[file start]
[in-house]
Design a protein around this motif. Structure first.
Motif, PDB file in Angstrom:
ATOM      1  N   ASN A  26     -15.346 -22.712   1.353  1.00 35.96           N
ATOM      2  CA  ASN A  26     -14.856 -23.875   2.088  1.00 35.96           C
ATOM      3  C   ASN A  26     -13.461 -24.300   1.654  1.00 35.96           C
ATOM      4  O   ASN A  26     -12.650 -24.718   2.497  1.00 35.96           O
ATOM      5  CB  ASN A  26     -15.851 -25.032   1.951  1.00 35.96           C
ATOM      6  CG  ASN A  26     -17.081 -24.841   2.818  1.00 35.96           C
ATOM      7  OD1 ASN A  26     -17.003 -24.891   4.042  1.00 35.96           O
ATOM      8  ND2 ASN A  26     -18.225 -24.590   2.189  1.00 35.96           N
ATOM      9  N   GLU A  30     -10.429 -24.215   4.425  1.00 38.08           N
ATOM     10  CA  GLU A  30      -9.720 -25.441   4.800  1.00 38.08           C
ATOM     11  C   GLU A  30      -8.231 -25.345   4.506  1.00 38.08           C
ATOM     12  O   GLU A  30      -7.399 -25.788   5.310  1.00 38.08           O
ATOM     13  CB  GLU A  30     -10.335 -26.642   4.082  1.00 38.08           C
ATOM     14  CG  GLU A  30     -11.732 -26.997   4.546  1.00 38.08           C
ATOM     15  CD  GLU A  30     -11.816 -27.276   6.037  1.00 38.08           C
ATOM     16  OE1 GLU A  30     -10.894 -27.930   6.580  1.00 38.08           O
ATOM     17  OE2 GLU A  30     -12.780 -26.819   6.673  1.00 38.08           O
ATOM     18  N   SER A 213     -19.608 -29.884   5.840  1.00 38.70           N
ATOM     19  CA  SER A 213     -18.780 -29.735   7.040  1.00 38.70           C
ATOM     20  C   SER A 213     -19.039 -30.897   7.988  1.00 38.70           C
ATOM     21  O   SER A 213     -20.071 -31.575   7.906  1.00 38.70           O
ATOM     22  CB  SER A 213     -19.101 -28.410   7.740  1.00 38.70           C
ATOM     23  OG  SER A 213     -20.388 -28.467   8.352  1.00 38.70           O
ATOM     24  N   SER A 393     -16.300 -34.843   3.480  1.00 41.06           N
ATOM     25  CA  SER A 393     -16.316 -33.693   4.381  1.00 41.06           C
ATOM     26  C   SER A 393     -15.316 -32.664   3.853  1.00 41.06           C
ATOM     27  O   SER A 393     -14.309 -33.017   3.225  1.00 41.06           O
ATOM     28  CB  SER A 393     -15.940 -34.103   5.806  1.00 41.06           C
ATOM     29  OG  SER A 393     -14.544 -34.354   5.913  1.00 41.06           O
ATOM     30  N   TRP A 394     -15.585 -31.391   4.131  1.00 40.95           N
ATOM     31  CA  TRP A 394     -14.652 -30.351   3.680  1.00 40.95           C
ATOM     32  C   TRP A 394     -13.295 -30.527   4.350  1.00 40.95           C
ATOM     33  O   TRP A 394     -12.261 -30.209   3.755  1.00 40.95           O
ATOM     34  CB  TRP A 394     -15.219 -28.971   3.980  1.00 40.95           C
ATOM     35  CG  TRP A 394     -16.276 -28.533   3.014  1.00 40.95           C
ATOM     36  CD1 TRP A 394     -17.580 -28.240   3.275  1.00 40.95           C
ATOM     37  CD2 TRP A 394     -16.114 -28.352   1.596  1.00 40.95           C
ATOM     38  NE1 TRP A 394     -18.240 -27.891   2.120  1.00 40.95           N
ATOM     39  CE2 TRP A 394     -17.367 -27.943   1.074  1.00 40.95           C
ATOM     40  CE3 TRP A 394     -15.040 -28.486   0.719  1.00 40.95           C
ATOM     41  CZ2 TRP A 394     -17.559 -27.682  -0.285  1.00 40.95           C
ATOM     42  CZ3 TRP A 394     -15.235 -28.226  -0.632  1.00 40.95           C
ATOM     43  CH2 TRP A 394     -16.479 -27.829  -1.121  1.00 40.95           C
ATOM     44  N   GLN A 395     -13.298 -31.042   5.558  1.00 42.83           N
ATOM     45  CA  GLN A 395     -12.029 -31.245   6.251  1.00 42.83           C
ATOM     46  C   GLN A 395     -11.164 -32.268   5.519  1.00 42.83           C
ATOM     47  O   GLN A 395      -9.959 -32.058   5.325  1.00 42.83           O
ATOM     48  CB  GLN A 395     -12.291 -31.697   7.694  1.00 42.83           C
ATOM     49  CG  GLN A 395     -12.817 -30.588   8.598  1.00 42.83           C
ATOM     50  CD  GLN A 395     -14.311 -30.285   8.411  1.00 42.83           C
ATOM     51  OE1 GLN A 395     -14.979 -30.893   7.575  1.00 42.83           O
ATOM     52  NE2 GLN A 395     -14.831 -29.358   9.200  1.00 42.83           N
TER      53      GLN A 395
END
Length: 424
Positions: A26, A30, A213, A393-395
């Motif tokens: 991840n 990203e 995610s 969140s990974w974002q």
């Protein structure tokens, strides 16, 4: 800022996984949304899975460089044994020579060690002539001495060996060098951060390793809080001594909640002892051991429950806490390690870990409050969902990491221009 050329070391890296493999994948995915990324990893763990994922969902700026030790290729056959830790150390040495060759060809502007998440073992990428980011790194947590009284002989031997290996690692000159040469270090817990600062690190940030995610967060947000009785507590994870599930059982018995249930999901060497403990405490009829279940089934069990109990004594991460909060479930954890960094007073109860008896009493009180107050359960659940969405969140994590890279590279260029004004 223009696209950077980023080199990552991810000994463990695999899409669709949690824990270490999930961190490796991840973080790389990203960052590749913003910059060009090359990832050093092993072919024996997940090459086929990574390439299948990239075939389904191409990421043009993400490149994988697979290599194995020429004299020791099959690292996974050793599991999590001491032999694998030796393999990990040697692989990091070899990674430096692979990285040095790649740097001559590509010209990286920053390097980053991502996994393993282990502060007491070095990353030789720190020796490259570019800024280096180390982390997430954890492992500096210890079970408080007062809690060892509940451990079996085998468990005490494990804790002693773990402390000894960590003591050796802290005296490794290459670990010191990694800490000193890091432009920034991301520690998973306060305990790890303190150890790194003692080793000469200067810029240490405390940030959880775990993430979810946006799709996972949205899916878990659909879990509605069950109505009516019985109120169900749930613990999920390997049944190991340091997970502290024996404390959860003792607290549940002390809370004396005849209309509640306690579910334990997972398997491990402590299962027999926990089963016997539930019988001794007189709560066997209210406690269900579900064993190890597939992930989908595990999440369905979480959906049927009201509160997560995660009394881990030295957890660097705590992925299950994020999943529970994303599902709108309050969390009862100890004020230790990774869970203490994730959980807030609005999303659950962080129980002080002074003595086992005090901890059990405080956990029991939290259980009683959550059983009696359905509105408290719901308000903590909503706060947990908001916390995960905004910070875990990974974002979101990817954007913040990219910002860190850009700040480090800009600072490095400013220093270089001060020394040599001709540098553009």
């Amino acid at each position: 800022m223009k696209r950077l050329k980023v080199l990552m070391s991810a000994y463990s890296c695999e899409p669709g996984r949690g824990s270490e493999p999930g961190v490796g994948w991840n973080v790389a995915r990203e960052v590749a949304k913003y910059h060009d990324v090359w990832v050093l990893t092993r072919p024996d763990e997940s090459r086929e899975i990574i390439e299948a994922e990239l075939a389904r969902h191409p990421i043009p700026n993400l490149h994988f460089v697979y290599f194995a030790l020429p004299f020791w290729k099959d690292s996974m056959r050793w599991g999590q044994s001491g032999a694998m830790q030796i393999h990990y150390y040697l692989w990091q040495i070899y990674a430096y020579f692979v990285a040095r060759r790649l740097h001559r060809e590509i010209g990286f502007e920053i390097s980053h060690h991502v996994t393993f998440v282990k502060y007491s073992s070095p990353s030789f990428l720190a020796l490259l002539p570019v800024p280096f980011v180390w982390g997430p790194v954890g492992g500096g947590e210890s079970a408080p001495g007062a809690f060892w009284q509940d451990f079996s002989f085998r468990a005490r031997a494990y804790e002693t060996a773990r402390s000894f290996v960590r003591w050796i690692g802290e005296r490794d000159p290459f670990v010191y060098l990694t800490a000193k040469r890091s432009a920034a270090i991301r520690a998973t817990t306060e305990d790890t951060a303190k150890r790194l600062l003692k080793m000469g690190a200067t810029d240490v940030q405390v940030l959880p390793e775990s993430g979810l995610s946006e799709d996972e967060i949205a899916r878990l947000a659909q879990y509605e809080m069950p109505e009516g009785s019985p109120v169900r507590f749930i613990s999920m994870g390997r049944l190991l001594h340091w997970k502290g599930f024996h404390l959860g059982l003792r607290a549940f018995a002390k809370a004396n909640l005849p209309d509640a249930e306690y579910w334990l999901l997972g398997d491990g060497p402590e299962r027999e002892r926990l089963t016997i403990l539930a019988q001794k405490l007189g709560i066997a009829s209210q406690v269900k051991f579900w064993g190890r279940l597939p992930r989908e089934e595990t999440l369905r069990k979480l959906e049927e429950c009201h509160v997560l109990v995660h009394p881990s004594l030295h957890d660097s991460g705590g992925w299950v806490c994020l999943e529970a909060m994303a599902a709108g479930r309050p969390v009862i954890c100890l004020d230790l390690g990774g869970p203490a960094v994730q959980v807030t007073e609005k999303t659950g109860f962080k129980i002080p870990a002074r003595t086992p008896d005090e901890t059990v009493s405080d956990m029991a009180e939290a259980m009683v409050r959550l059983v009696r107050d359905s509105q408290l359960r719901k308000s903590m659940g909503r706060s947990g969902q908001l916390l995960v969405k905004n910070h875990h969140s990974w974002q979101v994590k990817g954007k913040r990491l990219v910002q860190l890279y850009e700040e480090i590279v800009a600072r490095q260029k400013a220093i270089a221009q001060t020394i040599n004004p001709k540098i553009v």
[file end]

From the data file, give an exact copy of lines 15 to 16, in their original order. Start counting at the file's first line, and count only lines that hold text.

ATOM     12  O   GLU A  30      -7.399 -25.788   5.310  1.00 38.08           O
ATOM     13  CB  GLU A  30     -10.335 -26.642   4.082  1.00 38.08           C